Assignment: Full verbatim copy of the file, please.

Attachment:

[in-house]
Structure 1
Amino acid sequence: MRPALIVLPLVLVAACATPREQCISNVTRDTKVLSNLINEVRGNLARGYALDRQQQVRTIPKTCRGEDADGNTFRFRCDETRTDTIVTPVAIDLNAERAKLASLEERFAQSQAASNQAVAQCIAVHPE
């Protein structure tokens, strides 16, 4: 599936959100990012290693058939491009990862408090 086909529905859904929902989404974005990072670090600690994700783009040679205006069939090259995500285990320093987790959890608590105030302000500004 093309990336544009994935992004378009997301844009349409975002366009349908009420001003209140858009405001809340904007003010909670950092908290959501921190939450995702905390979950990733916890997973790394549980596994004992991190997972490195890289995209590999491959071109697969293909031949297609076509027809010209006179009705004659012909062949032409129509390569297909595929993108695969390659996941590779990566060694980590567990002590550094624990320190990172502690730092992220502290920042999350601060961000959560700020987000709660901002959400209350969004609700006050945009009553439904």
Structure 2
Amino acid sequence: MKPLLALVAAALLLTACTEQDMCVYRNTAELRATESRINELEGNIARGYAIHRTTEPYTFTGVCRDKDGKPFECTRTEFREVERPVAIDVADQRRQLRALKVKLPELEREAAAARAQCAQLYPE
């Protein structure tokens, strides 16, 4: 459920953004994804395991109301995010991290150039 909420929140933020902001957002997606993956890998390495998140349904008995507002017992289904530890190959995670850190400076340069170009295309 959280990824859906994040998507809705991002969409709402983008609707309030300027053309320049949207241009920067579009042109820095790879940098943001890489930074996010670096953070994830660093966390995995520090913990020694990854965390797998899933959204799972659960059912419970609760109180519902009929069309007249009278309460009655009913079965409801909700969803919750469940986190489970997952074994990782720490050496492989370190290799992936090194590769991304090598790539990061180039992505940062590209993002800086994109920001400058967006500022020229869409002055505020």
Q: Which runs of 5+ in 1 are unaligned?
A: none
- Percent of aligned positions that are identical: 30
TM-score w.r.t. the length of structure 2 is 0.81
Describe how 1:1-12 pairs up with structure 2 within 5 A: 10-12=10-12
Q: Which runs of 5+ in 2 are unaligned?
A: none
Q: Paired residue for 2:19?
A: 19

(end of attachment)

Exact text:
[in-house]
Structure 1
Amino acid sequence: MRPALIVLPLVLVAACATPREQCISNVTRDTKVLSNLINEVRGNLARGYALDRQQQVRTIPKTCRGEDADGNTFRFRCDETRTDTIVTPVAIDLNAERAKLASLEERFAQSQAASNQAVAQCIAVHPE
């Protein structure tokens, strides 16, 4: 599936959100990012290693058939491009990862408090 086909529905859904929902989404974005990072670090600690994700783009040679205006069939090259995500285990320093987790959890608590105030302000500004 093309990336544009994935992004378009997301844009349409975002366009349908009420001003209140858009405001809340904007003010909670950092908290959501921190939450995702905390979950990733916890997973790394549980596994004992991190997972490195890289995209590999491959071109697969293909031949297609076509027809010209006179009705004659012909062949032409129509390569297909595929993108695969390659996941590779990566060694980590567990002590550094624990320190990172502690730092992220502290920042999350601060961000959560700020987000709660901002959400209350969004609700006050945009009553439904």
Structure 2
Amino acid sequence: MKPLLALVAAALLLTACTEQDMCVYRNTAELRATESRINELEGNIARGYAIHRTTEPYTFTGVCRDKDGKPFECTRTEFREVERPVAIDVADQRRQLRALKVKLPELEREAAAARAQCAQLYPE
């Protein structure tokens, strides 16, 4: 459920953004994804395991109301995010991290150039 909420929140933020902001957002997606993956890998390495998140349904008995507002017992289904530890190959995670850190400076340069170009295309 959280990824859906994040998507809705991002969409709402983008609707309030300027053309320049949207241009920067579009042109820095790879940098943001890489930074996010670096953070994830660093966390995995520090913990020694990854965390797998899933959204799972659960059912419970609760109180519902009929069309007249009278309460009655009913079965409801909700969803919750469940986190489970997952074994990782720490050496492989370190290799992936090194590769991304090598790539990061180039992505940062590209993002800086994109920001400058967006500022020229869409002055505020």
Q: Which runs of 5+ in 1 are unaligned?
A: none
- Percent of aligned positions that are identical: 30
TM-score w.r.t. the length of structure 2 is 0.81
Describe how 1:1-12 pairs up with structure 2 within 5 A: 10-12=10-12
Q: Which runs of 5+ in 2 are unaligned?
A: none
Q: Paired residue for 2:19?
A: 19